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Thailand Feb 2006

March 2, 2006

Kuoni did it for us again, another wonderful holiday.

Thai airways to Bangkok. A mad crush on the transfer bus from the international to the domestic terminal, then on to Phuket. Air conditioned people carrier with 4 others from the airport to Patong bay and the Amari Coral Beach Resort for 5 nights on B&B basis.

Lovely hotel but lots of steps, as warned in the brochure. Two pools with bars, four (or was it five?) restaurants and a pier. It was a good 10 minutes walk to the pier but well worth it as few guests went there so no problem finding a sunbed or getting served at its bar. Also, it was much better snorkeling off the end than from the beach. The water was deeper and clear and there were fish and squid to be seen. Best of all, Sue was able to see them and the coral clearly for the first time, thanks to the prescription goggles I bought her for Christmas.

Patong bay itself is still being reconstructed after the tsunami damage but it’s a very lively stretch at night with loads of cafes, restaurants, shops and, of course, touts trying to sell everything imaginable. The whole seafront is getting a new, very attractive pedestrian area, too.

On the last morning we woke and looked out from our veranda and saw our cruise clipper, the Star Flyer, moored out in the bay. After breakfast we were transferred to a hotel on the bay to complete the documentation for the cruise then a short boat ride and we were aboard for a week cruising some of the many islands close to Thailand in the Andaman sea.
The cabin, inevitably, was small compared to the average good hotel room but it had all the usual facilities. Capacity was 170 but only 102 guests were on this trip, with 70 staff.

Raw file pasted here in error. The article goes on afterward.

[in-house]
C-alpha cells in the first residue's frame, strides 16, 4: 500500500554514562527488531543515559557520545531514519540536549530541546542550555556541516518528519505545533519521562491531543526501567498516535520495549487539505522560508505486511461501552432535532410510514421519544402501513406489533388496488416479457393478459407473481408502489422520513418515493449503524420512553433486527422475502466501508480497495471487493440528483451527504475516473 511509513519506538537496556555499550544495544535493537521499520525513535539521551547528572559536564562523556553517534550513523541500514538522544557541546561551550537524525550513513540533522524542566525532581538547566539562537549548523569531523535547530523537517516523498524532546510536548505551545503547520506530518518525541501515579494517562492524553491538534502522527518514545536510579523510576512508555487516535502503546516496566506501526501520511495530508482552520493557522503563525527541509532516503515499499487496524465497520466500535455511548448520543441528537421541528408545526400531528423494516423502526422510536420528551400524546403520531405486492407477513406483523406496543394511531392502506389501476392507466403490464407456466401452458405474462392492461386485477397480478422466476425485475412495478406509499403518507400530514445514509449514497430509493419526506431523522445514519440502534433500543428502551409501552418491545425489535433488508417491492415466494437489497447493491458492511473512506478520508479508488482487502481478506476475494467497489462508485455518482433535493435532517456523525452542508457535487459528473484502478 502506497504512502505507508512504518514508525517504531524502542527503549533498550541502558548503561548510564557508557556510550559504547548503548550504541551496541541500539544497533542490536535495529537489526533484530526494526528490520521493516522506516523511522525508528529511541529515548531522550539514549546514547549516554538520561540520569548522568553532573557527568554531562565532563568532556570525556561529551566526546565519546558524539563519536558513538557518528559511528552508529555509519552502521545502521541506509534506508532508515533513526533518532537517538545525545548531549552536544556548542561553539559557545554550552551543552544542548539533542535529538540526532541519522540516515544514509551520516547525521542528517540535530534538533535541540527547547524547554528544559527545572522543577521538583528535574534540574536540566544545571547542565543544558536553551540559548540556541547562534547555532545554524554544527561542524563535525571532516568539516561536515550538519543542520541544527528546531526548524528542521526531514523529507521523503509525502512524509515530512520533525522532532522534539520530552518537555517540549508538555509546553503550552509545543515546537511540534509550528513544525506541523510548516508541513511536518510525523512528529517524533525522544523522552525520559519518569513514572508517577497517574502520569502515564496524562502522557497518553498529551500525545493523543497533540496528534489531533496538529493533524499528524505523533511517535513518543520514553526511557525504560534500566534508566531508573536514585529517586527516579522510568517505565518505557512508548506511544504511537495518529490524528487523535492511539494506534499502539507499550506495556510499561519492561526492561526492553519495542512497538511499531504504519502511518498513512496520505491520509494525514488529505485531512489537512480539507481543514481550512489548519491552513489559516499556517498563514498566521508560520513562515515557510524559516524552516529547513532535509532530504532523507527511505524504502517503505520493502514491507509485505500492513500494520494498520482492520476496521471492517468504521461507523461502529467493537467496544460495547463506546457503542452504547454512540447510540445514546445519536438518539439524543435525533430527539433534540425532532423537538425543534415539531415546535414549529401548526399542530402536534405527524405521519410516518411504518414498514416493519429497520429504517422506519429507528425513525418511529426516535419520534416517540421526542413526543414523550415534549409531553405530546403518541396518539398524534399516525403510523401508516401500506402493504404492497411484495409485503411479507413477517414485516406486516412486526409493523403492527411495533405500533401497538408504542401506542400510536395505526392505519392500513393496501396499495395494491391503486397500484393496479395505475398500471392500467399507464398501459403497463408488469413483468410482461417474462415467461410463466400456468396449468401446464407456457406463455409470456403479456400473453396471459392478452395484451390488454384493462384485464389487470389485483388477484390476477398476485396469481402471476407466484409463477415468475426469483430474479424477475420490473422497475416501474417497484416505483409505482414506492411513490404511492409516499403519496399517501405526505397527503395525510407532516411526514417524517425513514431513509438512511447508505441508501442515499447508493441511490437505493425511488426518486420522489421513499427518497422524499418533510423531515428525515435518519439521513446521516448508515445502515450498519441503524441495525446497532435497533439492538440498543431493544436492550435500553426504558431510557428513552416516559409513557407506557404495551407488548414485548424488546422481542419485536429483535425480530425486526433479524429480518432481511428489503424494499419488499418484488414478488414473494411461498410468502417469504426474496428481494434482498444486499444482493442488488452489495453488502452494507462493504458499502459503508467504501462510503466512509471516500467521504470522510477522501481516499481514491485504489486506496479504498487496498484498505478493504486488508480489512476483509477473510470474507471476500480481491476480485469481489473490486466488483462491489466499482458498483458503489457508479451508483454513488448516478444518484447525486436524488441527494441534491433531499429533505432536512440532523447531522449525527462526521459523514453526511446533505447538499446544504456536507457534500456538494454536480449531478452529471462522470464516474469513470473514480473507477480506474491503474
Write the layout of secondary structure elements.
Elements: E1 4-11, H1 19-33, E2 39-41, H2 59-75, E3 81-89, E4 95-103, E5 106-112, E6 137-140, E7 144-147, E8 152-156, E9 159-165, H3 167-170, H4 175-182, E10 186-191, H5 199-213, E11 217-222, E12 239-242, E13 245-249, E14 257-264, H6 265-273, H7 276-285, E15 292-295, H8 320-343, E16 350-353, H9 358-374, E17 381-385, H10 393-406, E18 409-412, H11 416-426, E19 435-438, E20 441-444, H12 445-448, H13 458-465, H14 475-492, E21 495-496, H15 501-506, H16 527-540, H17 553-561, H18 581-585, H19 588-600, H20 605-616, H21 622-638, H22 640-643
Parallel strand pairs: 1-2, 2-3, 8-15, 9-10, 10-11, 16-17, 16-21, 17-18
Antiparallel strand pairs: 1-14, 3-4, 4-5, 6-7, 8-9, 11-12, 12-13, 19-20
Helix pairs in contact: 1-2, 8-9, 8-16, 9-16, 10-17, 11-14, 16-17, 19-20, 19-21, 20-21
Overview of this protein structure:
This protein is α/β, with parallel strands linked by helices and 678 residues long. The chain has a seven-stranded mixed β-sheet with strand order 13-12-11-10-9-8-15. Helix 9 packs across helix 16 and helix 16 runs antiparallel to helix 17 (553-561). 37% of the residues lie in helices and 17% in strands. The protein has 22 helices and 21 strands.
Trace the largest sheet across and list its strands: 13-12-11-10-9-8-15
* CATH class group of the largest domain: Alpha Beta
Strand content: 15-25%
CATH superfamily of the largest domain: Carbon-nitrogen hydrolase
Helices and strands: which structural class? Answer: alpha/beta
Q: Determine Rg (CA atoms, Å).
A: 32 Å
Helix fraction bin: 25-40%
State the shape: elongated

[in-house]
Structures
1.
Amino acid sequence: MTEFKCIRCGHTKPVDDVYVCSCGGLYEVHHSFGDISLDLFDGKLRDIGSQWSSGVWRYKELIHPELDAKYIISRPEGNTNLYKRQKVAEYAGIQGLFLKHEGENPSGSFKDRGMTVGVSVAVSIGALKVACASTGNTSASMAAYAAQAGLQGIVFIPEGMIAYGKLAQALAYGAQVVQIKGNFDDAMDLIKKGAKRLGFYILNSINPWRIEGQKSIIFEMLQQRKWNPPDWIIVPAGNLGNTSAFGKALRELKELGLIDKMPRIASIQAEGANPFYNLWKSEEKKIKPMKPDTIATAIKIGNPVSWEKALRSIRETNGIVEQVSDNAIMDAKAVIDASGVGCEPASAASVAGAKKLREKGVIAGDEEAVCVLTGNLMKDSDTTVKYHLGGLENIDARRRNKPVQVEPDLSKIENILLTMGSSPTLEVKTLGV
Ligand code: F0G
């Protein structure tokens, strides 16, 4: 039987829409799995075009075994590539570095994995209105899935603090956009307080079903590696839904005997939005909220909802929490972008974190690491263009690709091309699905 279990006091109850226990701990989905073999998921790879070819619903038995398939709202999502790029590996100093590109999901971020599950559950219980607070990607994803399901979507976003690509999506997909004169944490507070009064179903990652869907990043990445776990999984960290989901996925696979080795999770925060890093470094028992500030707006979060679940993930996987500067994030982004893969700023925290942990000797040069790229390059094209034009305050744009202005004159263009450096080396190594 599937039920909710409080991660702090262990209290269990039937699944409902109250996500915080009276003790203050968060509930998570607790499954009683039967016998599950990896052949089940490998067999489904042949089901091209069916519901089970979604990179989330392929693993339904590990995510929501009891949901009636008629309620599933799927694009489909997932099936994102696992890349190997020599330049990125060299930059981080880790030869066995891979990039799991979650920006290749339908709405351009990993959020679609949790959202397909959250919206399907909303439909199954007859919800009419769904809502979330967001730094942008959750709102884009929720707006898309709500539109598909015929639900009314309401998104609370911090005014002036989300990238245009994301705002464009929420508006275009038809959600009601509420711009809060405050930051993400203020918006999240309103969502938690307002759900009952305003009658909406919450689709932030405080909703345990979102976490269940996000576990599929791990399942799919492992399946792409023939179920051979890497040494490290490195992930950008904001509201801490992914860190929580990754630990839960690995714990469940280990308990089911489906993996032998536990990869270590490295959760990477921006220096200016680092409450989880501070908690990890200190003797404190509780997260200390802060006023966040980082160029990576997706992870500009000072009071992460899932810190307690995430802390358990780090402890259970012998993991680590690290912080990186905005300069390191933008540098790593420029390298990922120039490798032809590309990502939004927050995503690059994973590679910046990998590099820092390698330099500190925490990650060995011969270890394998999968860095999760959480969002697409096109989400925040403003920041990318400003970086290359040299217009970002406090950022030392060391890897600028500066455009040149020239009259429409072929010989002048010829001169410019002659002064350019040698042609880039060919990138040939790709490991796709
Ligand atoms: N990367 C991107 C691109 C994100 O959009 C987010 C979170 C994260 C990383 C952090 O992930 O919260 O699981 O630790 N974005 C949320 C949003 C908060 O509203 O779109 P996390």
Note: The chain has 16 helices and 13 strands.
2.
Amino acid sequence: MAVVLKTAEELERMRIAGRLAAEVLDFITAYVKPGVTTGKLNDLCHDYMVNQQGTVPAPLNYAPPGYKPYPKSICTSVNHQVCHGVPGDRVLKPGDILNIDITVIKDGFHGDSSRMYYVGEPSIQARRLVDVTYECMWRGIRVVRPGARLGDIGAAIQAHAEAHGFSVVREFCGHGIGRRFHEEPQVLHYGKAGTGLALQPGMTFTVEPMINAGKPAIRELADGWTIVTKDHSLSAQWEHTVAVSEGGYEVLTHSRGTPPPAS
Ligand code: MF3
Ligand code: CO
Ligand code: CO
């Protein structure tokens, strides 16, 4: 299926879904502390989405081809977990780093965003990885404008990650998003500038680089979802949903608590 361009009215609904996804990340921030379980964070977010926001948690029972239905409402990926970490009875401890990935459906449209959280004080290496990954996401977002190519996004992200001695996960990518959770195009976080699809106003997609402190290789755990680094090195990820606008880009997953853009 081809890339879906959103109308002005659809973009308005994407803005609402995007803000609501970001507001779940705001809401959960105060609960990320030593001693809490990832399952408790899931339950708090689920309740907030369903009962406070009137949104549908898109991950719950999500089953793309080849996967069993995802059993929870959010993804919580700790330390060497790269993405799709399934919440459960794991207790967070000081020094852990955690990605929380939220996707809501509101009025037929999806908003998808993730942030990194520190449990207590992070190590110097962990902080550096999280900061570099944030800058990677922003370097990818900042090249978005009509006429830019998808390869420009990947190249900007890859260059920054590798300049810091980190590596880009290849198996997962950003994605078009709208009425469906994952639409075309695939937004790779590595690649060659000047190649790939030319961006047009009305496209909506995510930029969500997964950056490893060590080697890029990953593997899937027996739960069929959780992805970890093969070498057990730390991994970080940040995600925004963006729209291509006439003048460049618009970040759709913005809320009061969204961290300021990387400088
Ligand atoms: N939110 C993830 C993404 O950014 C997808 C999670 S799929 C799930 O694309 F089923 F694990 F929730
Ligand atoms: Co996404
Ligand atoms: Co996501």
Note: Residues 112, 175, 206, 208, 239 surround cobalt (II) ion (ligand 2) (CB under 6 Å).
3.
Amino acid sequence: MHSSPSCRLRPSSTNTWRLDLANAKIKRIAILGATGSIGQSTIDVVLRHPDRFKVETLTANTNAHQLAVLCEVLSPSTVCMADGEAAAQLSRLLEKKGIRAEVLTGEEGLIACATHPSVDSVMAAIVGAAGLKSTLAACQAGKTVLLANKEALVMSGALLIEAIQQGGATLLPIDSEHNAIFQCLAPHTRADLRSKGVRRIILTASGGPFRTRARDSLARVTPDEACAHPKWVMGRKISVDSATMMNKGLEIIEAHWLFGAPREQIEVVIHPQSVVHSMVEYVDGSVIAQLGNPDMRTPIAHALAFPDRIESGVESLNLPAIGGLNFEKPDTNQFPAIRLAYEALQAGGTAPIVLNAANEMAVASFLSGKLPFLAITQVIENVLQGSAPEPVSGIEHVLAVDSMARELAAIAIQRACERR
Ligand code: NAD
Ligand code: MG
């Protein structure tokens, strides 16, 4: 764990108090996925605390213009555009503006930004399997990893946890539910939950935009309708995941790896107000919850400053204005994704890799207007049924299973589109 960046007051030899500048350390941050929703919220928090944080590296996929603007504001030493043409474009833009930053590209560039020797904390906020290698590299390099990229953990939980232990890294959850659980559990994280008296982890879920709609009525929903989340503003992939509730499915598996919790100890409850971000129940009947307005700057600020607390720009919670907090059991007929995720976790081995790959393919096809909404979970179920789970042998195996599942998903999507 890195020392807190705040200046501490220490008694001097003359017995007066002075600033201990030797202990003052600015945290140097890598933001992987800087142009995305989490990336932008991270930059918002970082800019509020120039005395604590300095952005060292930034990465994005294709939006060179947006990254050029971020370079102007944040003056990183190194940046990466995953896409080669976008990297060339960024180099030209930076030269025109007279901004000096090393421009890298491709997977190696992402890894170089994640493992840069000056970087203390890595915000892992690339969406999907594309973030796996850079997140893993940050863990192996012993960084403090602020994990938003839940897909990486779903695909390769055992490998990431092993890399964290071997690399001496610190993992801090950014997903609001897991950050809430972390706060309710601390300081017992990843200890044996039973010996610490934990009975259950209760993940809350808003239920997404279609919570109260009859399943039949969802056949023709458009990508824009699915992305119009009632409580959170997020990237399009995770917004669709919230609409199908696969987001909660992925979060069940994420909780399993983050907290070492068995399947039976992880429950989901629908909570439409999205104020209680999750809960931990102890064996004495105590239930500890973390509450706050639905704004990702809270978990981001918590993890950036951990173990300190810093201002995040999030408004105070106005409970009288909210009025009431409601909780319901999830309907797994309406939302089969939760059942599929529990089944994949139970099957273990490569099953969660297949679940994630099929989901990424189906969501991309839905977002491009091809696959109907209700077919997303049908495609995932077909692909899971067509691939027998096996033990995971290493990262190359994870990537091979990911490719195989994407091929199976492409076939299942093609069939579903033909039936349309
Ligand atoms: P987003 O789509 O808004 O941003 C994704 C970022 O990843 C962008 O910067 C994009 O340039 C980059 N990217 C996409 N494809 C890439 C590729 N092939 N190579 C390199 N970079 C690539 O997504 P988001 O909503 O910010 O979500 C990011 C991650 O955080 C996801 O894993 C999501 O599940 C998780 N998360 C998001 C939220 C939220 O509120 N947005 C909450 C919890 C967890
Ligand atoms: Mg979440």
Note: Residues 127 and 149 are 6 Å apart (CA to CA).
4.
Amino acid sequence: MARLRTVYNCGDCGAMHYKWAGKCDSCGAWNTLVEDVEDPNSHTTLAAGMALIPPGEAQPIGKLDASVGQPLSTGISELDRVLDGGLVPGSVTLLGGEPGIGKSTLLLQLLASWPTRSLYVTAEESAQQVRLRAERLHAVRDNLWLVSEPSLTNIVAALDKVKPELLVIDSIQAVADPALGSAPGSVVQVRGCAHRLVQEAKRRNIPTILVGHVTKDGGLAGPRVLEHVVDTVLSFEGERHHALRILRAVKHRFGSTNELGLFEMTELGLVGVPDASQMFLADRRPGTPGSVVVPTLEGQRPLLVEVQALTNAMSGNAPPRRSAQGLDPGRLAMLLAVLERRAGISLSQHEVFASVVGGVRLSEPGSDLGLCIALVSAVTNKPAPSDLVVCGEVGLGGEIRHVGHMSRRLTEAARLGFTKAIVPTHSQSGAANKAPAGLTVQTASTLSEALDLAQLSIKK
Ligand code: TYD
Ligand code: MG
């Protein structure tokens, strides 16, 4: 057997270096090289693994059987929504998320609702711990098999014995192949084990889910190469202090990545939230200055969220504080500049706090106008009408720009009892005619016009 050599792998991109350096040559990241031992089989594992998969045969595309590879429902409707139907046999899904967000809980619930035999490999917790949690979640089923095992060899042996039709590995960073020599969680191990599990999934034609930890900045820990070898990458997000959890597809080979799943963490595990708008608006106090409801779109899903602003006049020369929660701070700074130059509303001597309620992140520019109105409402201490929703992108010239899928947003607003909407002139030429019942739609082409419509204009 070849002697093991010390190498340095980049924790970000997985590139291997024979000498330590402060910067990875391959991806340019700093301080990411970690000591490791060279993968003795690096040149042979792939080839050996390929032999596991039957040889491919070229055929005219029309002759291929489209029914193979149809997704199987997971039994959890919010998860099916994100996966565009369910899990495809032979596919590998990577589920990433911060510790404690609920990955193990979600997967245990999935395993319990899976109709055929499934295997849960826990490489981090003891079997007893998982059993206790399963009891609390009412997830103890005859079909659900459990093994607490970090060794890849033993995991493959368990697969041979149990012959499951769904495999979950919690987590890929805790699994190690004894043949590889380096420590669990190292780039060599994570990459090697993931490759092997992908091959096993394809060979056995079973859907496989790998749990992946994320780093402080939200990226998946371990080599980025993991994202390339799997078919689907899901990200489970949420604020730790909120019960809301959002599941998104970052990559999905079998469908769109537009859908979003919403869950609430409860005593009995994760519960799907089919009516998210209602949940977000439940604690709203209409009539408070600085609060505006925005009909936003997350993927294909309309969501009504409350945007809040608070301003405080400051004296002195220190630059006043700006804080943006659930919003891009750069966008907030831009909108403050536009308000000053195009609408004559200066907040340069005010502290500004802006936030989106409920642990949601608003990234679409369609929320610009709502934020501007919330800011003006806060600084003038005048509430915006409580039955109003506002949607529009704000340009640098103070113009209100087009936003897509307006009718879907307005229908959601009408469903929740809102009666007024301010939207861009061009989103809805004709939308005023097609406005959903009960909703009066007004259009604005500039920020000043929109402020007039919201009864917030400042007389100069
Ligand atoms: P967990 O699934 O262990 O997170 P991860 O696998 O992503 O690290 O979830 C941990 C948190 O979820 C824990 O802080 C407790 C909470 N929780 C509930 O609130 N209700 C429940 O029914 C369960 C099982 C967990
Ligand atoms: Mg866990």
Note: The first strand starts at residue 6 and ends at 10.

The staff were tremendous, the food was extremely good (and we were on full-board!) though we never managed a full six course dinner, let alone lunch. The island visits were usually by one of the ships tenders, though the ‘zodiacs’ were also used and, for the ‘James Bond Island’ trip we were in a frighteningly fast speed boat. The swimming and snorkelling were good, sometimes from the island beach and sometimes off the tender in deeper water. Some guests went diving instead.

One of the islands visited was actually part of Malaysia so we were able to replenish our duty-free ciggy stock. This was the quay there.

Quay at Langkawi

Phi Phi island was a bit of a disappointment. It had a big build-up as having one of the best beaches in the world. The south beach was a disorganised marina/harbour and the north beach, at low tide at least, was a bit scummy with no useable swimming area and too many small boats getting too close. The top part of the beach was a line of parasols and deck chairs. The people were friendly and the choice of eating places was huge but parts were still building sites and there were too many touts trying to sell diving and boat trips.

Under 3,500 sq m of sail the ship was amazing. Sue and a few others climbed the rigging to the first level crows’ nest.

Climb
Crowsnest
Later, several of us clambered out on the netting under the bowsprit – all while travelling at some speed. Engine power had to be used part of the time. The captain was Ukranian and told us how he had rushed the ship from anchorage and the guests from the beach when the first warnings of the tsunami had been seen on BBC World by one of the staff.

We were very sad to leave but then it was reverse procedure at Patong bay a week later, then off to the airport and back to Bangkok and the Holiday Inn Silom. Despite the enormous lobby with its 5 chandeliers and coffee bar you don’t suffer the impression of a big hotel; perhaps because there is so much space for the guests in its bars, restaurants and the big pool and sunbathing area on the sixth floor.

But this is Bangkok, with its carbon monoxide, lorry and tuk-tuk and motor bike filled streets, ‘controlled’ by a myriad of police all waving their flashing sticks and furiously blowing their whistles. Its narrow pavements are crowded with pedestrians weaving around food stalls in 35C and 85% humidity. It’s an experience but not something to do for any length of time unless you have to. We visited the night market and China Town and we took the sky train to the huge new Siam Paragon shopping centre. We trudged around some fascinating and beautiful temples and palaces behind Pan, the Kuoni guide and we took the river bus back to the hotel instead of the coach, stopping for a beer on the pier.

What a place. Visit if you can.

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